“It’s a very sensitive project,” says Busac. The European Central Bank’s Market Infrastructure Committee set ‘deep demands’ to homogenize collateral management across the Eurosystem, eventually settling on Vermeg due to the company’s strong product and high standard of competence. Busac adds that Vermeg has invested significant resources in developing the system to meet the needs of the Eurosystem: “They know what is at stake – for the client and also for him”.

Khaldi says the company is “always going the extra mile” and has several upgrades on the way, including adding cryptocurrency coverage. A redesign of the user experience should boost functionality. New monitoring tools will help users identify issues early, including the use of artificial intelligence to predict when issues might develop, enabling rapid intervention. Vermeg is also exploring ways to help commercial banks track their share of collateral management projects. Given the large number of players in the market, delays are common when installing new systems.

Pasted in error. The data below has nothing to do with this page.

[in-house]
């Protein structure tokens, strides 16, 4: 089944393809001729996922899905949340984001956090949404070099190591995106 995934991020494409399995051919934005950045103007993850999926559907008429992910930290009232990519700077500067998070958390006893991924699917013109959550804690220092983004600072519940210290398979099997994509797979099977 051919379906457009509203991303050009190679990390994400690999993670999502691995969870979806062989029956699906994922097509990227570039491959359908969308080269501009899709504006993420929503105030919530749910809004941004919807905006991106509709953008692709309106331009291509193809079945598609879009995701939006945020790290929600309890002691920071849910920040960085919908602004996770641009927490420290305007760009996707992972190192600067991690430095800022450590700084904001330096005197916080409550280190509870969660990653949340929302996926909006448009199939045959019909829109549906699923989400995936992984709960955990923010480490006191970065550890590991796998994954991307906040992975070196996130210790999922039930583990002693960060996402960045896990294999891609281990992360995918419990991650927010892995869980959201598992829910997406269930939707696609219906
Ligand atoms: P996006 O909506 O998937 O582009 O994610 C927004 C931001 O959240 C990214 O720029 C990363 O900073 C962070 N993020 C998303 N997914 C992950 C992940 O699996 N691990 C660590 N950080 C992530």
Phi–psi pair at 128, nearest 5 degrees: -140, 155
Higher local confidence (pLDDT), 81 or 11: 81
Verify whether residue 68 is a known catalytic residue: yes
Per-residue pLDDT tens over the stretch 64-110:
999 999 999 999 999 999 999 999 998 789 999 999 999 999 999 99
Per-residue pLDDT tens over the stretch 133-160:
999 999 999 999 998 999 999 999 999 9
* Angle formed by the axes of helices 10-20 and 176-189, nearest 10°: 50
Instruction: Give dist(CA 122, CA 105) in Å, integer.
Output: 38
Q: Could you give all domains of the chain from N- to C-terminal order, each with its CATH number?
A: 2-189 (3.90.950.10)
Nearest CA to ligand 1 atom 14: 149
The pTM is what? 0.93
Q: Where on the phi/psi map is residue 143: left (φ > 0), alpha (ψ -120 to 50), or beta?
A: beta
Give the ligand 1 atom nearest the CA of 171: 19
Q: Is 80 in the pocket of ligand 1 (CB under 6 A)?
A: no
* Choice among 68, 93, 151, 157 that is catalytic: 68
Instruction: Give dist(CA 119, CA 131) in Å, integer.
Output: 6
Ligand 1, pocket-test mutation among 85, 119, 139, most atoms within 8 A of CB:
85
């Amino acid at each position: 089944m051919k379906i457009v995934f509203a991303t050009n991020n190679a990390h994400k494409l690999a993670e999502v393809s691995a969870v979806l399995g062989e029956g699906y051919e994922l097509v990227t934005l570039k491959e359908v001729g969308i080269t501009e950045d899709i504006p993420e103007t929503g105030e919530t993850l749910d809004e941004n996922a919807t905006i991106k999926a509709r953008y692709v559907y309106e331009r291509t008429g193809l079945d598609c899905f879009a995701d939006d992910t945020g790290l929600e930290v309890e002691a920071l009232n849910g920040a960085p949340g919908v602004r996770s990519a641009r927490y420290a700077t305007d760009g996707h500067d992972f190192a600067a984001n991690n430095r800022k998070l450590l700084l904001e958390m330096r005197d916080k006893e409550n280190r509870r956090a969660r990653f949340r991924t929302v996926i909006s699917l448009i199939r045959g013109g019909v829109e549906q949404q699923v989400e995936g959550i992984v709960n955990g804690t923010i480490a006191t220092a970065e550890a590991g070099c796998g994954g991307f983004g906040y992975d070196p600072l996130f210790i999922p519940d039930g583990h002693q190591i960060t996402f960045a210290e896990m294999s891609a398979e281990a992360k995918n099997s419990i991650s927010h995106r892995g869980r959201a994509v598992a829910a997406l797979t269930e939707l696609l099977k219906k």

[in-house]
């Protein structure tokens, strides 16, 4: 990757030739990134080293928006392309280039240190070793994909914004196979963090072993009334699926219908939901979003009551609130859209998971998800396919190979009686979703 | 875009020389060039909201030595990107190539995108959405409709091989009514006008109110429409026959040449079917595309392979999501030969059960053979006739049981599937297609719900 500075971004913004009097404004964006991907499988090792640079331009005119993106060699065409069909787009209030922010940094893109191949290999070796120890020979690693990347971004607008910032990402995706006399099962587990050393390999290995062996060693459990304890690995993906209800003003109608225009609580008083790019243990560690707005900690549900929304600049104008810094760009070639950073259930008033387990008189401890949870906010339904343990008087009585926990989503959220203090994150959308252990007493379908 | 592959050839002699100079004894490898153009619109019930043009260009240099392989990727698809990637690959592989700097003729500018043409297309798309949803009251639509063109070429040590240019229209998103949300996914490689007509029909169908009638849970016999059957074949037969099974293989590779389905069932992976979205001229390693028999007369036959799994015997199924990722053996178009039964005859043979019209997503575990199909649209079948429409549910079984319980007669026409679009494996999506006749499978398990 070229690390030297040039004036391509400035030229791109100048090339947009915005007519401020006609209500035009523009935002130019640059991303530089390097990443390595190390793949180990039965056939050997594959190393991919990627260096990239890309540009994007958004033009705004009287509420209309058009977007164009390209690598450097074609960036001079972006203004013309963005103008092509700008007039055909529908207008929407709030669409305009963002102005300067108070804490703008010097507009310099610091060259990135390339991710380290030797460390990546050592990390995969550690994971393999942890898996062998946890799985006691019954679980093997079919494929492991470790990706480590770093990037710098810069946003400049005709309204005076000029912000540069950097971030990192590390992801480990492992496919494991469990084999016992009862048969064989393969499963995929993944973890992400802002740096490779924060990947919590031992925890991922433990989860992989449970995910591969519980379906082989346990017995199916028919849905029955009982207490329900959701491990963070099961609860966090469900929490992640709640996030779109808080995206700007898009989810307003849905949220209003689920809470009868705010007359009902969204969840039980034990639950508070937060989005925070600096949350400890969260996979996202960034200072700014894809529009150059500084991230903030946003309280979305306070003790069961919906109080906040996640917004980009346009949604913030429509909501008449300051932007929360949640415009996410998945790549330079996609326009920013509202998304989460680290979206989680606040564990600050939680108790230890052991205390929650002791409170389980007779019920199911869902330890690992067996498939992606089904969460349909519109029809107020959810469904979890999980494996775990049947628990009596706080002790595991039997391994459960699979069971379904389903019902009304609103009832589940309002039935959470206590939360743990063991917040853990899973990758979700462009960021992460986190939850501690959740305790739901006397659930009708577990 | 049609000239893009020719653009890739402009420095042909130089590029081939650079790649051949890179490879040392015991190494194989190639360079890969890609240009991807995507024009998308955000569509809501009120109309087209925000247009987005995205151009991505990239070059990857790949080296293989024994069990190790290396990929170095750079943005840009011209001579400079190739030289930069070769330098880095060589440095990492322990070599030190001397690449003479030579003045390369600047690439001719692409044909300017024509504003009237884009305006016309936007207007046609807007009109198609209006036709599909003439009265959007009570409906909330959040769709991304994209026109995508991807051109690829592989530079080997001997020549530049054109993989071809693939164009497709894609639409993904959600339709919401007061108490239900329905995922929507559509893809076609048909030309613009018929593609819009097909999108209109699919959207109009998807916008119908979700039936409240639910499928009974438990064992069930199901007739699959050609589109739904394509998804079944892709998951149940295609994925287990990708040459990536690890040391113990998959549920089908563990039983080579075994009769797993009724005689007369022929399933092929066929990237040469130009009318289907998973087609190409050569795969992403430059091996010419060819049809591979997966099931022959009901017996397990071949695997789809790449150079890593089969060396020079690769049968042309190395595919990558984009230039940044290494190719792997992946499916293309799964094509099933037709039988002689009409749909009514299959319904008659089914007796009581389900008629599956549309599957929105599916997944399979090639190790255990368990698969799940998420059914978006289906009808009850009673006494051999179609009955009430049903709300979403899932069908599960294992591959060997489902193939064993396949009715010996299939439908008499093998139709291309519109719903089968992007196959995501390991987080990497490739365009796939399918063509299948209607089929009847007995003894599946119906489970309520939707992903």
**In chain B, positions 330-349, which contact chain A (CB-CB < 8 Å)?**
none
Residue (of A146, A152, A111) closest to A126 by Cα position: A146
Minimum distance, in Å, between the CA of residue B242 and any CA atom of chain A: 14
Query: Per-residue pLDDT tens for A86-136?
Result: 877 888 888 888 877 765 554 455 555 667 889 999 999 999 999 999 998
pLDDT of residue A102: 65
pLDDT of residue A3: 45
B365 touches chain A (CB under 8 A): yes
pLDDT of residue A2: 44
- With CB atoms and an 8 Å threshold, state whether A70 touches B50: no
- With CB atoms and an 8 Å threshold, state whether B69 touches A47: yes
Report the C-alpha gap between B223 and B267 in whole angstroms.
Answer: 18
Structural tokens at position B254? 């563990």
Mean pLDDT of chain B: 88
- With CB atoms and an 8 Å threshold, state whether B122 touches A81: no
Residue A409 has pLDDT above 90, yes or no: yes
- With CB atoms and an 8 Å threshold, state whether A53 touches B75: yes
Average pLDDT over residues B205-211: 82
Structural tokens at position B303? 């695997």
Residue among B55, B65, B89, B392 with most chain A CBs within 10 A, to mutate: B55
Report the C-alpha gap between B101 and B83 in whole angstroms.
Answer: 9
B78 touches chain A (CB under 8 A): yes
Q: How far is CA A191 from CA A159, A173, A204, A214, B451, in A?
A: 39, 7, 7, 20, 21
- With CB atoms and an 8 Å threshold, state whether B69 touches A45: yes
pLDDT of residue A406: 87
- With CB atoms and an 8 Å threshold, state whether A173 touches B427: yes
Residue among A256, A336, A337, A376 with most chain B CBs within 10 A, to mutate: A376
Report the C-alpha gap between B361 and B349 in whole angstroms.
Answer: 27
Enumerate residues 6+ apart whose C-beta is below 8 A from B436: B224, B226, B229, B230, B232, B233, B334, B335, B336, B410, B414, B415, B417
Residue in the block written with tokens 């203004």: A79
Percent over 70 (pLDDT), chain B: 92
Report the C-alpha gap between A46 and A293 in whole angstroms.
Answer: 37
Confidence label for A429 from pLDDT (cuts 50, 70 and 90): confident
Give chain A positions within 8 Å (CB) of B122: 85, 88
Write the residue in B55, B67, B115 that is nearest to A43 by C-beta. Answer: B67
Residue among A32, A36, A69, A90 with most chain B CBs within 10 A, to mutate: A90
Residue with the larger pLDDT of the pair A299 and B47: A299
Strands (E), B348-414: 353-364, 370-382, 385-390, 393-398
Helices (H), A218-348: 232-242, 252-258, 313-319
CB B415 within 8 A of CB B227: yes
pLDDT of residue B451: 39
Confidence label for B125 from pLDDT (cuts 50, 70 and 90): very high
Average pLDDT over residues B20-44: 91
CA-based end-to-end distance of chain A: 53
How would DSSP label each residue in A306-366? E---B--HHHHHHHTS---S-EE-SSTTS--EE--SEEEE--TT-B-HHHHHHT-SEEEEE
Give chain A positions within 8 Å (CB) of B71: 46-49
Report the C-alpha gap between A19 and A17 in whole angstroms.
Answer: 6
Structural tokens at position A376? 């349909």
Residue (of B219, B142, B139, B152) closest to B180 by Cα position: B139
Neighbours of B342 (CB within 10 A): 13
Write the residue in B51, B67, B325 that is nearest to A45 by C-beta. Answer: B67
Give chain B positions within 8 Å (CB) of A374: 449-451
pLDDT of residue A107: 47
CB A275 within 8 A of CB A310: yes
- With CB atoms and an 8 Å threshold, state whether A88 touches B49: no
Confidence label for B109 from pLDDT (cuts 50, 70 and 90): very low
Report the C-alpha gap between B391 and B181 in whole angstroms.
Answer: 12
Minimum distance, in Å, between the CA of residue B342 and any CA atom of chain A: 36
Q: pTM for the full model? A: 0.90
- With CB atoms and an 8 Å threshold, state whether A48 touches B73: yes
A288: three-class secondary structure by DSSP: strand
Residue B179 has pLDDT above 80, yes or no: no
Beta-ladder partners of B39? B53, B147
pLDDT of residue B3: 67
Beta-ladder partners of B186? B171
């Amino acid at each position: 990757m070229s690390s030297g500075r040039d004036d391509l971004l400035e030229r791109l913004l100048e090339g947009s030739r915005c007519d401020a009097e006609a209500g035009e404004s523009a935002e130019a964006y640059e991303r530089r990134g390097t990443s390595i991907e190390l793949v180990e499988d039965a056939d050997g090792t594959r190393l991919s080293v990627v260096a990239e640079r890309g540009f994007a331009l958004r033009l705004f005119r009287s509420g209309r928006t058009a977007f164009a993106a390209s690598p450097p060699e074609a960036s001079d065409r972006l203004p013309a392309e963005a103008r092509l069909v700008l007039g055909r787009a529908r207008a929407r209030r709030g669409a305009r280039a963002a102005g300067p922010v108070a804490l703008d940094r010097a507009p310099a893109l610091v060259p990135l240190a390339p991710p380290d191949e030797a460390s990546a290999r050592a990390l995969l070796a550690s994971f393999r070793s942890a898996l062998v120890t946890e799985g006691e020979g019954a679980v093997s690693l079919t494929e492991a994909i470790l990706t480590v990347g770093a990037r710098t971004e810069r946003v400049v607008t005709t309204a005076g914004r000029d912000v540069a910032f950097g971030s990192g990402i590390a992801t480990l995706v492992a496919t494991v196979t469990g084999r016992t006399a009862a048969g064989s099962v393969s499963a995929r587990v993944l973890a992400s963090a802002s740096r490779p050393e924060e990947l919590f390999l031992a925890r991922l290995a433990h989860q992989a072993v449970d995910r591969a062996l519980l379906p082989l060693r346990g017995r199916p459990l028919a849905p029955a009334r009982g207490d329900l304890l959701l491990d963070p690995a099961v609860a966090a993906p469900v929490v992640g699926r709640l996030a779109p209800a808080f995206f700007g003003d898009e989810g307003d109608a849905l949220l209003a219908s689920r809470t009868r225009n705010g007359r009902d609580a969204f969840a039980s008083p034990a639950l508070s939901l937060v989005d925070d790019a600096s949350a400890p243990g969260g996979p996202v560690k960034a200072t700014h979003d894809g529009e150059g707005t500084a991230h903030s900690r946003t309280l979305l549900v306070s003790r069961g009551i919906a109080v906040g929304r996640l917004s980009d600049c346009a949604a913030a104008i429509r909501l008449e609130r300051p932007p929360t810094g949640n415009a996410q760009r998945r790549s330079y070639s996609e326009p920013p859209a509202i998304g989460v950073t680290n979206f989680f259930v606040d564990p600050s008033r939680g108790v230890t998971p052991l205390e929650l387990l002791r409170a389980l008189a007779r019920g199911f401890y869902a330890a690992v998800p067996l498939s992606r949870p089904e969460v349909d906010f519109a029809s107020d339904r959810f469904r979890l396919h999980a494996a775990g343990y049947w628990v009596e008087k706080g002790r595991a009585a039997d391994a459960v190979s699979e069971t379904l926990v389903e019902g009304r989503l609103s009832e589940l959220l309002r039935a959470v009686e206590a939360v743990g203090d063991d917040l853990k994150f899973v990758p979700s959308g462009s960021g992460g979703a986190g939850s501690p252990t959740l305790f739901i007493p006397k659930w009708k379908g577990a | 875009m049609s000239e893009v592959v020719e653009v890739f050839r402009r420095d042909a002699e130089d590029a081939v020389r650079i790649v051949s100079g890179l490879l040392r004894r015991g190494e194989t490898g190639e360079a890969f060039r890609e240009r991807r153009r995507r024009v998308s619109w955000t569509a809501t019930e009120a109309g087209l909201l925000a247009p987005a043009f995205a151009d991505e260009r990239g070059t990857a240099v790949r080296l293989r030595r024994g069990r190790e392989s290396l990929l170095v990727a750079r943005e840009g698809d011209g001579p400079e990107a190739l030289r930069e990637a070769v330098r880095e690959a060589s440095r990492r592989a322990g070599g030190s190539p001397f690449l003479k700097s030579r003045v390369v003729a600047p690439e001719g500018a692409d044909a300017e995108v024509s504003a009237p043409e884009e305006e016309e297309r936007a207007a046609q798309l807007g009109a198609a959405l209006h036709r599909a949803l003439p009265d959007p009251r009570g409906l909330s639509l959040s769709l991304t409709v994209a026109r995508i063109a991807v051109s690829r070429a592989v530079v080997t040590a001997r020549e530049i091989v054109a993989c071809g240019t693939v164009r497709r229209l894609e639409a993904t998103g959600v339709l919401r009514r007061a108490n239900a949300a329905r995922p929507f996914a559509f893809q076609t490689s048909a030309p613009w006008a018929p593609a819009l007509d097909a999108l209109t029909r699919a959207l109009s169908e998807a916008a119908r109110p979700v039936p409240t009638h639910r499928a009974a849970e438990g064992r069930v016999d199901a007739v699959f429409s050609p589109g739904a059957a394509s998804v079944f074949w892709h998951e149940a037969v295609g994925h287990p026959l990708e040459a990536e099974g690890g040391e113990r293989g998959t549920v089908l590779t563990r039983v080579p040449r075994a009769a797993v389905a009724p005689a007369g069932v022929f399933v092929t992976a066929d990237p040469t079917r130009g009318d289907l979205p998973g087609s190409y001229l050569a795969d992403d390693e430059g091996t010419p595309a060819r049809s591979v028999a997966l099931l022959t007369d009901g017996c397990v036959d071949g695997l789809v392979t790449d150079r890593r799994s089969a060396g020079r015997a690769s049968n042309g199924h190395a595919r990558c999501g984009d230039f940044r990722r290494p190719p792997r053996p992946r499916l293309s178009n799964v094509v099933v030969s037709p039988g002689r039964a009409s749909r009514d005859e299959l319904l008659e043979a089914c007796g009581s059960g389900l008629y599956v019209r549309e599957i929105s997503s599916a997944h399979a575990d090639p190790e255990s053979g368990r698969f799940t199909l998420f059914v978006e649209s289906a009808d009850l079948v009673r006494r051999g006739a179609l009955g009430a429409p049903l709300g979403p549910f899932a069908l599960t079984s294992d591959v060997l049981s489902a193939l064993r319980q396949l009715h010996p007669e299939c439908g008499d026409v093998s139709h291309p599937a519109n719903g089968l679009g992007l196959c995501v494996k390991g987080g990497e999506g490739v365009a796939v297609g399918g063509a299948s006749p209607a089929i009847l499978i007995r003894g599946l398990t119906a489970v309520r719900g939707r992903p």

Many major central banks are already using Megara for collateral management, and the project with the G7 central bank has its go-live this year. “We always work in partnership with the central banks”, specifies Ben Abdeljelil. “We are doing it now in our new project. We don’t just implement the system, we bring something new and improved.

The Central Banking Awards were written by Christopher Jeffery, Daniel Hinge, Dan Hardie, Victor Mendez-Barreira, Ben Margulies and Riley Steward